If you don’t like cube steak, then you’re going to hate the first five minutes of “Cube.” Hold on to your seats (and lunch) as a man wakes up in a strange cubicle, with exits on all four walls. He doesn’t know how he got there, but he does know if he’s going to survive, he’s going to have to find a way out.

Sweat beading off his bald head, the man cautiously crawls through the hatch on the wall from one cubicle to another. Believing he’s safe, the man takes a step forward. Then he just stands there, powerless, as though some invisible force has stopped him. cubeAt first it appears as if the man is just stunned. Then his face starts bleeding. Little drops at first. Then the skin starts to peel off in perfect little chunks. Cut to his hand, where his fingers break away into perfect little chunks. Close-up on the head, where the guy’s skull separates into perfect little chunks, falling to the ground. Oh look, there on the floor, perfect little chunks I threw up watching this little exercise in human dismemberment. I didn’t really throw up. Actually, I thought it was pretty neat, a perfect start to a tidy little thriller from co-writer/director Vincenzo Natali. The guy ended up walking through an invisible mesh wire that works like those old Veg-A-Matics they used to sell at Thrifty for $19.95. Working on a tight budget, Natali and his crew do a bang-up job of creating suspense and tension in what is basically a one-room set. “Cube” isn’t a character study, although the characters are memorable. They don’t sit around hashing out life’s little foibles as if they just sat through a “Jerry Seinfeld” marathon. Instead, the motley group of strangers who find themselves trapped inside the “Cube” spend all of their time trying to find a way out. Like a great “Twilight Zone” episode, none of the characters know why they’re inside the “Cube.” All they know is that they will die if they stay put. They also know that some of the adjoining rooms are booby trapped to kill all intruders. The writers wisely dispense with informal background chit chat and stay focused on the matter at hand. At 90 minutes, the film maker’s have made the “Cube” as tight and efficient as they can. It’s not without flaws, but it is gripping entertainment. Natali and co-writers Andre Bijelic and Graeme Manson quickly set up the premise, and they allow it to pay off. They have named all of their characters after famous prisons, and make it clear from the beginning that no one is indispensable. Don’t bother to cozy up to any of the characters, because Natali seems to delight in killing them off. By changing the camera angle or the color of the gels in the wall, director of photography Derek Rogers manages to make so little look like a lot more. Rarely do you believe that there’s only one set. The actors are fine, but not very memorable. They get in, get the job done, and get out, and that’s fine with me. “Cube” isn’t a great film, nor is it great science-fiction. It’s a gripping little thriller that doesn’t come with any pretenses and constantly surprises.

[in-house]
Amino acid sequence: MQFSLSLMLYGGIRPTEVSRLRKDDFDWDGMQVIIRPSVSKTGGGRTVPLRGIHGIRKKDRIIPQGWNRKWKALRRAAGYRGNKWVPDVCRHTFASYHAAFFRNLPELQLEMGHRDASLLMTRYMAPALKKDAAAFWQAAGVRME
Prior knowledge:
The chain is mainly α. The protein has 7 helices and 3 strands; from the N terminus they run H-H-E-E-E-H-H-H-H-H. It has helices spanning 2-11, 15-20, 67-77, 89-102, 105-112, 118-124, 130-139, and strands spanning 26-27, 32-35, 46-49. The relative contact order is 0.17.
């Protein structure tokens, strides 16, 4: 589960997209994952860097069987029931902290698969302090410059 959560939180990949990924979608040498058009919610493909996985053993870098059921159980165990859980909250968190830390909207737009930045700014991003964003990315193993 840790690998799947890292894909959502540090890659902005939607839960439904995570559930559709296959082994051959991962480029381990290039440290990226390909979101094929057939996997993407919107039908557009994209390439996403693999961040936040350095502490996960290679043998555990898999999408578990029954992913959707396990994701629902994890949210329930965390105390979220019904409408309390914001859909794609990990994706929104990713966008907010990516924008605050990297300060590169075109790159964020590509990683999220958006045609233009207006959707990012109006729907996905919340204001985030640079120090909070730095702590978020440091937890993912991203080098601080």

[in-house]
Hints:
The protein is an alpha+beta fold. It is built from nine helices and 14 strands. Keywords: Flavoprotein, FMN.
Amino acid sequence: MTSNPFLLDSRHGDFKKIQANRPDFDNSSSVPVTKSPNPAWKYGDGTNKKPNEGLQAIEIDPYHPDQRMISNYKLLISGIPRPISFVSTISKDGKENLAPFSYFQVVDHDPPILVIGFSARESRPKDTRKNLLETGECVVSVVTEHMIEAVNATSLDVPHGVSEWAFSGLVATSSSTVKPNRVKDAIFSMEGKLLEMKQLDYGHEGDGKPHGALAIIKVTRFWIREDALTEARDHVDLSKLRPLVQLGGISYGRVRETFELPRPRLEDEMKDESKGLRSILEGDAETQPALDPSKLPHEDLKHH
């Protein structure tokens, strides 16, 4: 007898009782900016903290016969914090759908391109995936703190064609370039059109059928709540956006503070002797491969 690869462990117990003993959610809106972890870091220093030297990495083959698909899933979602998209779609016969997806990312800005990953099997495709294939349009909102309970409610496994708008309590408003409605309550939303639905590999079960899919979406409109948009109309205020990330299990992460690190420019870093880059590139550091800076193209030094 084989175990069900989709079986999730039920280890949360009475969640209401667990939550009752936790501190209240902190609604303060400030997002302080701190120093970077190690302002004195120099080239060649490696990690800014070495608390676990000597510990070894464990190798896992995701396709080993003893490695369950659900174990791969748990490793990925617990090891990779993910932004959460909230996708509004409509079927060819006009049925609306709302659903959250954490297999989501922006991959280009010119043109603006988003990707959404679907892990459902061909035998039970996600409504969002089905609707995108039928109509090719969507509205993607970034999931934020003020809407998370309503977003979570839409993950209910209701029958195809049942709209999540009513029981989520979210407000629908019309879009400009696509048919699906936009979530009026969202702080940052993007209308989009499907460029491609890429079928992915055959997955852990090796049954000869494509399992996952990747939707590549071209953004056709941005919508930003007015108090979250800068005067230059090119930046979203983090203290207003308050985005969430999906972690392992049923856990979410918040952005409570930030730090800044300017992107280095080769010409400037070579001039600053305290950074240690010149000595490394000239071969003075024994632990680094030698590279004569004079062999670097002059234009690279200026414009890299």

VISION: [ X ] 20/20 [ ] Good [ ] Cataracts [ ] Blind

Excellent transfer in the film’s original 1.85:1 widescreen ratio, with well defined color saturation, solid blacks and flattering flesh tones. Nary a trace of compression artifacts. The images are strong and vivid, and the picture show good depth of field.

HEARING: [ ] Excellent [ X ] Minor Hearing Loss [ ] Needs Hearing Aid [ ] Deaf

The Ultra Stereo surround soundtrack is good but not overwhelming, and far from definitive. Since most of the action takes place in a one room set, there’s not much need for kick ass stereo effects. The dialogue mix is strong, while Mark Korven’s musical score fills the back speakers. There’s some attempts at spatial separation, but they’re mostly wasted.

ORAL: [ X ] Excellent [ ] Good [ ] Poor

Closed captions in English and subtitles in French and Spanish.

COORDINATION: [ ] Excellent [ X ] Good [ ] Clumsy [ ] Weak

“Cube” isn’t a special edition, but it does contain enough extras to qualify. There’s a running audio commentary with director Natali, actor David Hewlett and co-writer Andre Bijelic. These guys have known each other forever, and this is their first feature-length film. Their audio commentary is sprinkled with the youthful enthusiasm of first time film makers. It’s a pleasure to sit and listen to these guys talk about the ups and downs of pulling off a low budget, independent film. Lots of front line information and tips. The DVD also features deleted scenes, comparison and alternate storyboards, production and schematic set design, plus F/X artwork. You also get the original theatrical trailer, production notes, and handsome main and scene access menus. As an added bonus, click on the Trimark logo on the main menu and you’ll find three coming attraction trailers: “Slam,” “Carnival of Souls,” and “The Curve.”

PROGNOSIS: [ ] Excellent [ X ] Fit [ ] Will Live [ ] Resuscitate [ ] Terminal

“Cube” is a tidy little thriller that accomplishes so much with so little. It’s worth a look.

VITALS: $29.99/Rated R/90 Minutes/Color/24 Chapter Stops/Keepcase/#VM6914D




HMO: Trimark Home Video

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